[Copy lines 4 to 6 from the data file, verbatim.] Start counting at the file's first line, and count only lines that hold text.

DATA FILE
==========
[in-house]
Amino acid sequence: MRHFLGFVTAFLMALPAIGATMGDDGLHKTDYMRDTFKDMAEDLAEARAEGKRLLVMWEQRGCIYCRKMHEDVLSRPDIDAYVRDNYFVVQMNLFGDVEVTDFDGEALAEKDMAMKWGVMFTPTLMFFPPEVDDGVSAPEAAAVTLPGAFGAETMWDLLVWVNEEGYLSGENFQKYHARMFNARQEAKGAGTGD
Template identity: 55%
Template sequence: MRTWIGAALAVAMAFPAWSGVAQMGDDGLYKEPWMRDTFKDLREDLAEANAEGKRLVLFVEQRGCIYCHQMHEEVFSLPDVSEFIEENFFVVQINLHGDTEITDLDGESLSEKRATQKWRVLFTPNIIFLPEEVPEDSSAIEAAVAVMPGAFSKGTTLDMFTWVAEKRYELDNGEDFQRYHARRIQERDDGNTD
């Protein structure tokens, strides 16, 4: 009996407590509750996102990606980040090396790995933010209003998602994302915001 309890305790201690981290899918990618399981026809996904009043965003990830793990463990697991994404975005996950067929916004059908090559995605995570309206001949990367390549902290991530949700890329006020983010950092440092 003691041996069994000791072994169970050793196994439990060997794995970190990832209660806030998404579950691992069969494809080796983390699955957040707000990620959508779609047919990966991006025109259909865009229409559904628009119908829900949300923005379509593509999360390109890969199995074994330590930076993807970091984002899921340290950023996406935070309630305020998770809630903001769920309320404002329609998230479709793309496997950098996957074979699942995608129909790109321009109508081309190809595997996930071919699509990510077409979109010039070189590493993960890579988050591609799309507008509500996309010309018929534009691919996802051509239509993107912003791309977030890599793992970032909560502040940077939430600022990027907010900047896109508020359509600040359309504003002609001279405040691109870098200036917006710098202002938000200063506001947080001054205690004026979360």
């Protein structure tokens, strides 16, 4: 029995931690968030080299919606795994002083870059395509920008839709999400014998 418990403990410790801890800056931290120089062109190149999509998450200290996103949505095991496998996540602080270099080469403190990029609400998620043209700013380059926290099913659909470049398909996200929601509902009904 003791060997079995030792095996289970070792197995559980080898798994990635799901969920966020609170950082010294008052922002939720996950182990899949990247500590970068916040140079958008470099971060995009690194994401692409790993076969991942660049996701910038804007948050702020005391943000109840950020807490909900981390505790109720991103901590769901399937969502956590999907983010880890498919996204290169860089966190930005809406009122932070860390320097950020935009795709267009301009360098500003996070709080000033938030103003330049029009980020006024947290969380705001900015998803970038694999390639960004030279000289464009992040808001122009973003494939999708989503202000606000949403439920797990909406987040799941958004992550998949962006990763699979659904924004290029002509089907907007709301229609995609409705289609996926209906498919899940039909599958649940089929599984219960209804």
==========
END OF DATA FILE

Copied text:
Template sequence: MRTWIGAALAVAMAFPAWSGVAQMGDDGLYKEPWMRDTFKDLREDLAEANAEGKRLVLFVEQRGCIYCHQMHEEVFSLPDVSEFIEENFFVVQINLHGDTEITDLDGESLSEKRATQKWRVLFTPNIIFLPEEVPEDSSAIEAAVAVMPGAFSKGTTLDMFTWVAEKRYELDNGEDFQRYHARRIQERDDGNTD
């Protein structure tokens, strides 16, 4: 009996407590509750996102990606980040090396790995933010209003998602994302915001 309890305790201690981290899918990618399981026809996904009043965003990830793990463990697991994404975005996950067929916004059908090559995605995570309206001949990367390549902290991530949700890329006020983010950092440092 003691041996069994000791072994169970050793196994439990060997794995970190990832209660806030998404579950691992069969494809080796983390699955957040707000990620959508779609047919990966991006025109259909865009229409559904628009119908829900949300923005379509593509999360390109890969199995074994330590930076993807970091984002899921340290950023996406935070309630305020998770809630903001769920309320404002329609998230479709793309496997950098996957074979699942995608129909790109321009109508081309190809595997996930071919699509990510077409979109010039070189590493993960890579988050591609799309507008509500996309010309018929534009691919996802051509239509993107912003791309977030890599793992970032909560502040940077939430600022990027907010900047896109508020359509600040359309504003002609001279405040691109870098200036917006710098202002938000200063506001947080001054205690004026979360």
């Protein structure tokens, strides 16, 4: 029995931690968030080299919606795994002083870059395509920008839709999400014998 418990403990410790801890800056931290120089062109190149999509998450200290996103949505095991496998996540602080270099080469403190990029609400998620043209700013380059926290099913659909470049398909996200929601509902009904 003791060997079995030792095996289970070792197995559980080898798994990635799901969920966020609170950082010294008052922002939720996950182990899949990247500590970068916040140079958008470099971060995009690194994401692409790993076969991942660049996701910038804007948050702020005391943000109840950020807490909900981390505790109720991103901590769901399937969502956590999907983010880890498919996204290169860089966190930005809406009122932070860390320097950020935009795709267009301009360098500003996070709080000033938030103003330049029009980020006024947290969380705001900015998803970038694999390639960004030279000289464009992040808001122009973003494939999708989503202000606000949403439920797990909406987040799941958004992550998949962006990763699979659904924004290029002509089907907007709301229609995609409705289609996926209906498919899940039909599958649940089929599984219960209804």